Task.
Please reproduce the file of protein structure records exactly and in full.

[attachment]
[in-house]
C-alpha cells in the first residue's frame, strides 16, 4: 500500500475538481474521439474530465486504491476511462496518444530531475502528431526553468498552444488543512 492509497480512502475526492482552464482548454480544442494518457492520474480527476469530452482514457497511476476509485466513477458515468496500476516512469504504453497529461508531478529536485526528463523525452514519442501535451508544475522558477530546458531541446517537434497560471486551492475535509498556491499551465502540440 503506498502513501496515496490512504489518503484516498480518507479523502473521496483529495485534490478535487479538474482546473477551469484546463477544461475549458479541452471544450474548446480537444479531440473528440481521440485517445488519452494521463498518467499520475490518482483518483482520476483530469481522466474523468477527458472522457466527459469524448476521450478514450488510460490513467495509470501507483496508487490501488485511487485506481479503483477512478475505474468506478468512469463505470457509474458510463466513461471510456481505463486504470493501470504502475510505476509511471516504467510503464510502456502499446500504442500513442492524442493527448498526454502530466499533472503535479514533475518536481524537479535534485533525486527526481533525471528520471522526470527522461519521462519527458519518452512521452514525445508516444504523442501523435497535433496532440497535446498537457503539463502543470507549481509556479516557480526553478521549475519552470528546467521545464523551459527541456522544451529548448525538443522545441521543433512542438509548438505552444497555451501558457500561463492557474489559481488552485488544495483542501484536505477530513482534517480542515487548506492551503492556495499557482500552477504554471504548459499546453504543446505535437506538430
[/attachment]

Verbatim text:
[in-house]
C-alpha cells in the first residue's frame, strides 16, 4: 500500500475538481474521439474530465486504491476511462496518444530531475502528431526553468498552444488543512 492509497480512502475526492482552464482548454480544442494518457492520474480527476469530452482514457497511476476509485466513477458515468496500476516512469504504453497529461508531478529536485526528463523525452514519442501535451508544475522558477530546458531541446517537434497560471486551492475535509498556491499551465502540440 503506498502513501496515496490512504489518503484516498480518507479523502473521496483529495485534490478535487479538474482546473477551469484546463477544461475549458479541452471544450474548446480537444479531440473528440481521440485517445488519452494521463498518467499520475490518482483518483482520476483530469481522466474523468477527458472522457466527459469524448476521450478514450488510460490513467495509470501507483496508487490501488485511487485506481479503483477512478475505474468506478468512469463505470457509474458510463466513461471510456481505463486504470493501470504502475510505476509511471516504467510503464510502456502499446500504442500513442492524442493527448498526454502530466499533472503535479514533475518536481524537479535534485533525486527526481533525471528520471522526470527522461519521462519527458519518452512521452514525445508516444504523442501523435497535433496532440497535446498537457503539463502543470507549481509556479516557480526553478521549475519552470528546467521545464523551459527541456522544451529548448525538443522545441521543433512542438509548438505552444497555451501558457500561463492557474489559481488552485488544495483542501484536505477530513482534517480542515487548506492551503492556495499557482500552477504554471504548459499546453504543446505535437506538430